I have faced a lot of issues with Publishing like when you need to make small changes on the code, sometimes the generated DLL file (the dll file for example of
default.aspx.CS when published) cannot be recognized by IIS saying the codebehind is wrong or something. Sorry for not remembering the exact error message. I am hoping you know what I mean at this point.
Therefore, I usually do a simple
Copy Paste operation instead of Publishing.
Could you tell me what am I missing by NOT using the Publish method? How is Publishing better? Or which one do you prefer, why?
Basically its a pros and cons situation.
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Well, it depends on what you mean by “copy”:
Publishing you have options to
pre-compile all or part of your application. You can
publish to a local folder in your file system (instead of your target/host) and then copy the updated file(s) (only). If you are making “code behind” (c#/vb code) changes, this means you’ll likely only need to “copy”/overwrite
dlls. Goes without saying that if you’ve made “content” changes (html/razor/script/etc) changes, then you’d need to copy/overwrite those as well.
If you’re new to deployment, you may find yourself simply copying/overwriting “everything” which is the safest way to go. Once you get more experience, you’ll “recognize” which assets you only need to update (one or a few
dlls and or content code, instead of “everything”). There’s no magic to this, usually, its a matter of just looking at the timestamp of the dll/file after you’ve
published (locally) or
rebuild your web application.
I’d recommend doing a
local publish so you can see what is actually needed on your server. The files published to your local file system/folder is what needs to be on your host/server. Doing so will visualize and remove whatever “mystery” there is to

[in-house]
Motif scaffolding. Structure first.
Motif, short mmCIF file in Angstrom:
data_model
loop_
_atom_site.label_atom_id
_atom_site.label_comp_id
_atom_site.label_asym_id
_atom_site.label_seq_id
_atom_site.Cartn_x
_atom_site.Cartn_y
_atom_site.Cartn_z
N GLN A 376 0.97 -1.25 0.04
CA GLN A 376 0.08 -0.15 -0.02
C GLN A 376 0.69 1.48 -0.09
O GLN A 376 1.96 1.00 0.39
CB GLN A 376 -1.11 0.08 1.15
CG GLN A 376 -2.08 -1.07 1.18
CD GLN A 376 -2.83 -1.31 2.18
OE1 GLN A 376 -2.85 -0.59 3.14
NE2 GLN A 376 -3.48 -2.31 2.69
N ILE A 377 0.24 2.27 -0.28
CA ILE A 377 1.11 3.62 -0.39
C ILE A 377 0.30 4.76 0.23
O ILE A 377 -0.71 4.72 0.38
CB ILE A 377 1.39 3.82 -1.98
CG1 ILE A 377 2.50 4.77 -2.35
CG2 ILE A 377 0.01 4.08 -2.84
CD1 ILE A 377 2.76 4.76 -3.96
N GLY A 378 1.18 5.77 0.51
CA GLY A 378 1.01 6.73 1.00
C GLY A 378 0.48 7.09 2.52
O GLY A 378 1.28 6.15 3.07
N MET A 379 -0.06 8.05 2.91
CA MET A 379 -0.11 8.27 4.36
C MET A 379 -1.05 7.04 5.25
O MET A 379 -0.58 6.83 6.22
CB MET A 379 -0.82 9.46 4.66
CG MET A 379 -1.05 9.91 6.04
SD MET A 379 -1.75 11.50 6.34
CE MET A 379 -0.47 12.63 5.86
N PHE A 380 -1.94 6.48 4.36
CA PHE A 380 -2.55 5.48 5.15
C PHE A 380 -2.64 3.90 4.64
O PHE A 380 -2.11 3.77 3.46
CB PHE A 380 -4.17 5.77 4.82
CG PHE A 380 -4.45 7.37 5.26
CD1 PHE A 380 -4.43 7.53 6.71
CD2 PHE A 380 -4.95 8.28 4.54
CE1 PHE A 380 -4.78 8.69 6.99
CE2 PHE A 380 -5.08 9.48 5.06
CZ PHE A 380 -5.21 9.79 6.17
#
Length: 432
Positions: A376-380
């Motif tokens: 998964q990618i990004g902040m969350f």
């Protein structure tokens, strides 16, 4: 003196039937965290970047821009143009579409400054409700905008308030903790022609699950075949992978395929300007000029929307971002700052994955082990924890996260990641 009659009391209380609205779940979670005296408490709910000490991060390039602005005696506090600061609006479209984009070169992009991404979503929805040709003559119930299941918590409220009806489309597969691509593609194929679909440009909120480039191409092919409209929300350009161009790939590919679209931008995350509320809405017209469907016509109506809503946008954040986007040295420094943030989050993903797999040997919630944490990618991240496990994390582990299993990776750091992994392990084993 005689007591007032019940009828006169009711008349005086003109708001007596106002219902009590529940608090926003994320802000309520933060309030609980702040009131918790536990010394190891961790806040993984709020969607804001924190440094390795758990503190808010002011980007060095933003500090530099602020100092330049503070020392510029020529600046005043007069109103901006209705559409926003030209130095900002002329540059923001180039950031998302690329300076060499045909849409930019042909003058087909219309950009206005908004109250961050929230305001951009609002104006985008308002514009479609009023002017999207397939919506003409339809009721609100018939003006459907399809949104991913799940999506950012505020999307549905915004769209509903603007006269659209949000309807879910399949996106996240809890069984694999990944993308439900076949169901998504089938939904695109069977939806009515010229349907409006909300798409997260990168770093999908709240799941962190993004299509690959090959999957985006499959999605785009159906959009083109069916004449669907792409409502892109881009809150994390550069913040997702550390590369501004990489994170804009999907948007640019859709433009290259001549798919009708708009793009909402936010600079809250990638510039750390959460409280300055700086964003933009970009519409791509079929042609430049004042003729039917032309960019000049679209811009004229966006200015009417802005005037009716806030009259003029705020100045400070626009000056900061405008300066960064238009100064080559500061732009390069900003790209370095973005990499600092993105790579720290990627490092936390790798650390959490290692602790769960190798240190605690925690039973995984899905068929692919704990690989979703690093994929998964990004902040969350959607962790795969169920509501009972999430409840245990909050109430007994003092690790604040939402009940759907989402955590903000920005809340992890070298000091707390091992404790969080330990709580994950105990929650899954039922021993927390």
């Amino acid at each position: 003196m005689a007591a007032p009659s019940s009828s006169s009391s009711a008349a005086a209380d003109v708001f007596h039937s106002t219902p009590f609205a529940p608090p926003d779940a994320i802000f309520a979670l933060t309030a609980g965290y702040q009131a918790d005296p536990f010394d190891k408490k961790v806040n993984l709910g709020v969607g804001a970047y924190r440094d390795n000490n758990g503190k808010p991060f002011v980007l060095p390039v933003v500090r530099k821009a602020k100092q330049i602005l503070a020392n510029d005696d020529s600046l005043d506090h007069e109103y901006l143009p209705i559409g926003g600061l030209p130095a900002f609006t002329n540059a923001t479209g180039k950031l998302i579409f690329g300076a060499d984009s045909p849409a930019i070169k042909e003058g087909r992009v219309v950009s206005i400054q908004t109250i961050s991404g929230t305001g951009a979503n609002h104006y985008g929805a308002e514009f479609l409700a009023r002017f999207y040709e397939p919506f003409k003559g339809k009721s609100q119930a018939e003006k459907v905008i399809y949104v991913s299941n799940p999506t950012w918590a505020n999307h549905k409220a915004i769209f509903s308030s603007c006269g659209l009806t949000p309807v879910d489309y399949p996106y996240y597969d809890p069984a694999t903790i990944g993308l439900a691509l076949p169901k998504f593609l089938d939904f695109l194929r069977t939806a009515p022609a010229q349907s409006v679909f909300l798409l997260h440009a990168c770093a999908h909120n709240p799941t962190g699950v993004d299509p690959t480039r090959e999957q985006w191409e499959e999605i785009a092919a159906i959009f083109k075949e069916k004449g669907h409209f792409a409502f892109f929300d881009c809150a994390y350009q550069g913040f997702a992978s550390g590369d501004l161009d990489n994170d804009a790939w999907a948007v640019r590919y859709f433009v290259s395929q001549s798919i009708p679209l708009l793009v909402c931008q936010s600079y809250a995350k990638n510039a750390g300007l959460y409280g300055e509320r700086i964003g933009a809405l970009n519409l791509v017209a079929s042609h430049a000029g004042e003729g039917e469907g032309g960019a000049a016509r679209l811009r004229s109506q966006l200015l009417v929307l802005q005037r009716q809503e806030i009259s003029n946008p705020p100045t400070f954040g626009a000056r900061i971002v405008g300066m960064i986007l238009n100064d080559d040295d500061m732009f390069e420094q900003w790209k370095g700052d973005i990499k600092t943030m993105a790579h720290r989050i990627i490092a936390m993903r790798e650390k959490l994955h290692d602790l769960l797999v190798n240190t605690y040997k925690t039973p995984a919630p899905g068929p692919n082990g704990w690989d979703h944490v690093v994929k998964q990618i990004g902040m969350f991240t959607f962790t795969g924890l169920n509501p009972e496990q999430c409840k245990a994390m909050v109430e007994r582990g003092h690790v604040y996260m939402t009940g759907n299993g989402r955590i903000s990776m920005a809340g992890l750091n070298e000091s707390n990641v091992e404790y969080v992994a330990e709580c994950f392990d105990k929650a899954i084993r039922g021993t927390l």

- you’ll see what is actually needed (on your server) vs. what’s not
- you’ll see the file timesstamps which will help you recognize what files were actually changed vs those that weren’t (and therefore don’t need to be updated).
- once you get the hang of it, you will not need to “copy”/ftp “everything” and just update files that were actually modified (only).
So “copy” can mean the above, or if you are saying you will simply copy all of your development code (raw
(vb/cs)html/cs/vb) to your host, then that means your site will be
dynamically compiled as each resource is needed/requested (nothing is
pre-compiled). Also “easy” but you do lose
pre-compilation which means there is a delay when each of your web pages are requested/needed (ASP.net needs to dynamically compile). Additionally, you are also exposing your source code on the server. It may not mean much depending on your situation, but it is one more thing to consider.
Here’s more info on pre-compilation and options.
Assuming we consider an aspx page and its aspx.cs code behind file, there are three alternative ways of deploying your site:
- You can copy both to iis. The aspx will be compiled to .cs upon the first request and then both .cses will be compiled to a temp .dll
- You can “publish” to iis, this will compile the code behind class to .dll but will copy the aspx untouched. The aspx will be translated to .cs and then to .dll upon the first request
- You can “publish” the site and then manually precompile it with the aspnet_compiler. Publishing will compile the code behind to .dll as previously but then precompilation will clear out your .aspx files by removing their content and moving the compiled code to yet another .dll.
All three models have their pros and cons.
First one is the easiest to update incrementally but in the same time is the most open to unwanted modifications.
Second is also easy, can be invoked from vs, it closes the possibility of some unwanted modifications at the server but .aspxses still need time to compile upon the first request
Third takes the time and some manual actions but prevents any changes and also speeds up the warm up of the site as the compilation of assets is not necessary. It is great for shared environments.